I love creativity in worship and the liturgical arts.  Check out this link for Stations of the Cross with illustrations that depict the struggles of LGBT people.  It could be a powerful devotional/meditation time during your Lenten journey!

Sunday, March 22, 2015

Sunday Sermon: Samaria & Other Risky Places

WALKING WITH JESUS: ROAD   David Eck, John 6:1-15, Luke 6:12-19 
     If there's one thing I know about human beings, it's that we're creatures of habit. Even the most spontaneous and extroverted among us have familiar patterns and routines to our lives. We can think of these patterns and routines as roads.
     We travel physical roads. They take us from one place to another. Typically we find a route that works for us, and we stick with it. Whether it's going to work, school, the grocery store, church, or a friend's house, we usually take the same route, time and time again. There might be other streets we could travel to get from point A to Point B, but once a map is firmly etched in our minds, we seldom deviate from it.
     Other physical roads we travel have to do with what we eat and how we take care of our bodies. Anyone who has tried to loose weight, quit smoking or start an exercise program, knows how difficult it is to change habits we are familiar with. It's so much easier to keep traveling down the same road than to begin a new journey in terms of our physical health.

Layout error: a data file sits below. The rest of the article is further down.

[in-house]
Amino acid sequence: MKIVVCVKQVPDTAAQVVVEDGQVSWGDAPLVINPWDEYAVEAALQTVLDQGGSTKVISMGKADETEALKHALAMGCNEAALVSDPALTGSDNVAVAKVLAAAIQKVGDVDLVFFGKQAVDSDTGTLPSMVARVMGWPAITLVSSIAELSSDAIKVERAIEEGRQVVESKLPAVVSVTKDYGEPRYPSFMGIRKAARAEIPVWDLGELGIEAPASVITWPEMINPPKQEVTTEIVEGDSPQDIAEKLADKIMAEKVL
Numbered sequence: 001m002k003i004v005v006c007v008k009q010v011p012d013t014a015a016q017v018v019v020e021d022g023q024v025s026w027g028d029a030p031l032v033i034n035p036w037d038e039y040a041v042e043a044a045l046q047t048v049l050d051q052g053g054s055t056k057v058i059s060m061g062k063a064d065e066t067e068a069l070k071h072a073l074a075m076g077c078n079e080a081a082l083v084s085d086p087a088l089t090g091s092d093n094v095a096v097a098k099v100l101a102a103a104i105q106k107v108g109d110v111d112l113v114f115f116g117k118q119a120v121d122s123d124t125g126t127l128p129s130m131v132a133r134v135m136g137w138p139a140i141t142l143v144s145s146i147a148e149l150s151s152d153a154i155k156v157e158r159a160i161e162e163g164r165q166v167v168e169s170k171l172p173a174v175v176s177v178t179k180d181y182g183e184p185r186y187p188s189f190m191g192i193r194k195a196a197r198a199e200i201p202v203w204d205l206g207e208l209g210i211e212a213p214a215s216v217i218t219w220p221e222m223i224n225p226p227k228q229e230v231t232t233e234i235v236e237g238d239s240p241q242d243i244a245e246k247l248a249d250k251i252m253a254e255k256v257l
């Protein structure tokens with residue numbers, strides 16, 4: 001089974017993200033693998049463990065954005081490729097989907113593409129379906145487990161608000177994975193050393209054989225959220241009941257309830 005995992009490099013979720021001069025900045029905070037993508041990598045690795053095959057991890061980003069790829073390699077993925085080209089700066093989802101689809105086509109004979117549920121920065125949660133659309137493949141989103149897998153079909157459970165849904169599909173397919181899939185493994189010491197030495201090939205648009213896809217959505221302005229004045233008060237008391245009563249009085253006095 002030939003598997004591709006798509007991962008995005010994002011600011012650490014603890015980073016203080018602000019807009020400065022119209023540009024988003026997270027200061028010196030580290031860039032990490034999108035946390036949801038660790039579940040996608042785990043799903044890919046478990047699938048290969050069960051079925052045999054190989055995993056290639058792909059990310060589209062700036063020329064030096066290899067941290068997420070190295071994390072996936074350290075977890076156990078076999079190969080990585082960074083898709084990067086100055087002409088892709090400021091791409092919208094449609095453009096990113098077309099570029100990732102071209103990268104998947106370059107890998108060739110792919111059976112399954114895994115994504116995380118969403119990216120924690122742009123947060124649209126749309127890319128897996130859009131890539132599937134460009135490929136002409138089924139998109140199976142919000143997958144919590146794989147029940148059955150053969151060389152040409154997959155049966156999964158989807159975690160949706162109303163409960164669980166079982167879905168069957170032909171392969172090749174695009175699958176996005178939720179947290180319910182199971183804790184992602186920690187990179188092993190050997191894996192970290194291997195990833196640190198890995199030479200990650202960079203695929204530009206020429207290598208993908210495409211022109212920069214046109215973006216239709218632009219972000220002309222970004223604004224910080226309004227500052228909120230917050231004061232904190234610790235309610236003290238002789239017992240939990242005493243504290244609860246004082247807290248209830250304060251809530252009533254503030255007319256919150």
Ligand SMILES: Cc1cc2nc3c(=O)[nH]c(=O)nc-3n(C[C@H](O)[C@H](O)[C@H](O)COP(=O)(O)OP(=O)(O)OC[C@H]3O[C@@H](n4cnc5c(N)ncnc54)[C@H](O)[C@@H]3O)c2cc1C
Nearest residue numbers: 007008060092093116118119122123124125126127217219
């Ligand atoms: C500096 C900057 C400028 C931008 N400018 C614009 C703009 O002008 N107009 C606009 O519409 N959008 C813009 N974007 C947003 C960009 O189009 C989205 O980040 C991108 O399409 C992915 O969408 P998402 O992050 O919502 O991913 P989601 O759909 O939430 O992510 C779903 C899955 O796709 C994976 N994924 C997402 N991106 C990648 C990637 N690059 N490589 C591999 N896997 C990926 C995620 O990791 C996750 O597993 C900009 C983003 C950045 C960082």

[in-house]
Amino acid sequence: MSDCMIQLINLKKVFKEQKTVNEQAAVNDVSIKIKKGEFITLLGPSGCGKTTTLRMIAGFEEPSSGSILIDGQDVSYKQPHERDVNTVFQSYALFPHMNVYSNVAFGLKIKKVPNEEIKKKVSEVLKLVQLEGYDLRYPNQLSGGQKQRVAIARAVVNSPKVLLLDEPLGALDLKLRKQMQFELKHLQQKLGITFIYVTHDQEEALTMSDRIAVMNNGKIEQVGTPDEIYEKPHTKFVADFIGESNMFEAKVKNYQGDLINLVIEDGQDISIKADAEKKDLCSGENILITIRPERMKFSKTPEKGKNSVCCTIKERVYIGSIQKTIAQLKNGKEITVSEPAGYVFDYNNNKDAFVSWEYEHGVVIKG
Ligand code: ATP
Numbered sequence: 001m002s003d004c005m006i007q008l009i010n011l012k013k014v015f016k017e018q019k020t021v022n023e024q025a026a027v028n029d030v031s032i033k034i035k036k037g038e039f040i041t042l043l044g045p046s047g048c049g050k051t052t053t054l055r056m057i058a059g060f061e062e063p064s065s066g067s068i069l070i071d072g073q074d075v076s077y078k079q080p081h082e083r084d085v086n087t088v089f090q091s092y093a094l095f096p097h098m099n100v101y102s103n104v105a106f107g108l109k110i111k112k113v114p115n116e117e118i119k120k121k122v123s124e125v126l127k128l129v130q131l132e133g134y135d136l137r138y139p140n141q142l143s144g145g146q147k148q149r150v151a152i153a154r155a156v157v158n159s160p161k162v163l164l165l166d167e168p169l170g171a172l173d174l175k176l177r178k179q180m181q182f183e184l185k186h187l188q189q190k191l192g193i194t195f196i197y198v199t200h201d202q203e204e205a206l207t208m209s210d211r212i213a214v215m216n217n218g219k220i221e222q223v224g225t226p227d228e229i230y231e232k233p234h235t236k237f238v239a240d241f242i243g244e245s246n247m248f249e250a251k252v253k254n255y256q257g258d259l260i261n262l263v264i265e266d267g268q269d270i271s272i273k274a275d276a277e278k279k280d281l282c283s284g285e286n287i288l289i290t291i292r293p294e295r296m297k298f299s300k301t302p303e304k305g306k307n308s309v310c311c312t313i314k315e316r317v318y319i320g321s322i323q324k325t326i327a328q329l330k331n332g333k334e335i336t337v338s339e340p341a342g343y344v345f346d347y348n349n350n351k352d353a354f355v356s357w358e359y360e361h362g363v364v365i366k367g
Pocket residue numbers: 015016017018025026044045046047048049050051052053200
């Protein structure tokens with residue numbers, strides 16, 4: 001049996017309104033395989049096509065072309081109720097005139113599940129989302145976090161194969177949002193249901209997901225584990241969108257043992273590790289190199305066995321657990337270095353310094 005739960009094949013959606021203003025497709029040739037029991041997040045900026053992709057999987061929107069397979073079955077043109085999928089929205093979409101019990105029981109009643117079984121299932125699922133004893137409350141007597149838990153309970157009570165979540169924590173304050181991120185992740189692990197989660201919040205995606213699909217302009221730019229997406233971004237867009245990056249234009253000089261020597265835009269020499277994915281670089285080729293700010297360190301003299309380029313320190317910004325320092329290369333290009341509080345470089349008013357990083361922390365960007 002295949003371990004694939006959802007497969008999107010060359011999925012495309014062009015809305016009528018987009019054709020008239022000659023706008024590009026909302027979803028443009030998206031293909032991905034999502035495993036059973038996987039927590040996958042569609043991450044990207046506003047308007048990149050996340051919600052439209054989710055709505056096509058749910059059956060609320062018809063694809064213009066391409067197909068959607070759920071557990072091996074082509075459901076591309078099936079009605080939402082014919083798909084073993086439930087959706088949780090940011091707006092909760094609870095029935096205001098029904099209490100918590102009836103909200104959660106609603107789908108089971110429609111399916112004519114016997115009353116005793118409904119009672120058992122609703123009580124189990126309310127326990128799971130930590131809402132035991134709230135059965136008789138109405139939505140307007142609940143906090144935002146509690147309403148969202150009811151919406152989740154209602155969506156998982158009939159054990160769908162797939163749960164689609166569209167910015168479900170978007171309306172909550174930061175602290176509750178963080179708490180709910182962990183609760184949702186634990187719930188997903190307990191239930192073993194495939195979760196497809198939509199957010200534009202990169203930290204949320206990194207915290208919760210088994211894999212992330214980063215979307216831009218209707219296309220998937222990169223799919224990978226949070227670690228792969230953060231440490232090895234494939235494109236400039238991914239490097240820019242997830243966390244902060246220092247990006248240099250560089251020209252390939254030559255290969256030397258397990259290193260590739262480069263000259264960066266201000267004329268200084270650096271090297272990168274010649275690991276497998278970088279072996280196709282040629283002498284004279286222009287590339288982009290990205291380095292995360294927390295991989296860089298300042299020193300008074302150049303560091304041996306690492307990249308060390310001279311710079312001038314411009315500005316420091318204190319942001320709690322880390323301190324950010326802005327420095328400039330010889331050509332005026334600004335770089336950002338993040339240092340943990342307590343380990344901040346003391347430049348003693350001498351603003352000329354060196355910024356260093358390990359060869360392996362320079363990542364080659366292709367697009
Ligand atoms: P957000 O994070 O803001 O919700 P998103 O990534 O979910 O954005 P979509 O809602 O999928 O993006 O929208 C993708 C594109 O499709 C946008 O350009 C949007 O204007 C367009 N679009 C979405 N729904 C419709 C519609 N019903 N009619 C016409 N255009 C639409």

We also travel emotional roads. They dictate how we respond to the world around us. Some of us are "the glass is half empty" kind of people, others are "the glass is half full" kind of people. Some of us are worriers and stressors, others are optimistic and relaxed. Some of us get angry easily, others are calm, cool and collected. While we have a choice as to what emotional road we will take in any given situation, we tend to pick the one that is familiar to us, even if that road is an unhealthy one.
     We also travel spiritual roads. They shape the way we understand God. We like a particular style of worship that connects us to God and creates a sense of the holy. But when our church takes a detour and does something unfamiliar, our initial reaction is to greet it with skepticism. We find ourselves uttering those infamous words "We've never done it that way before."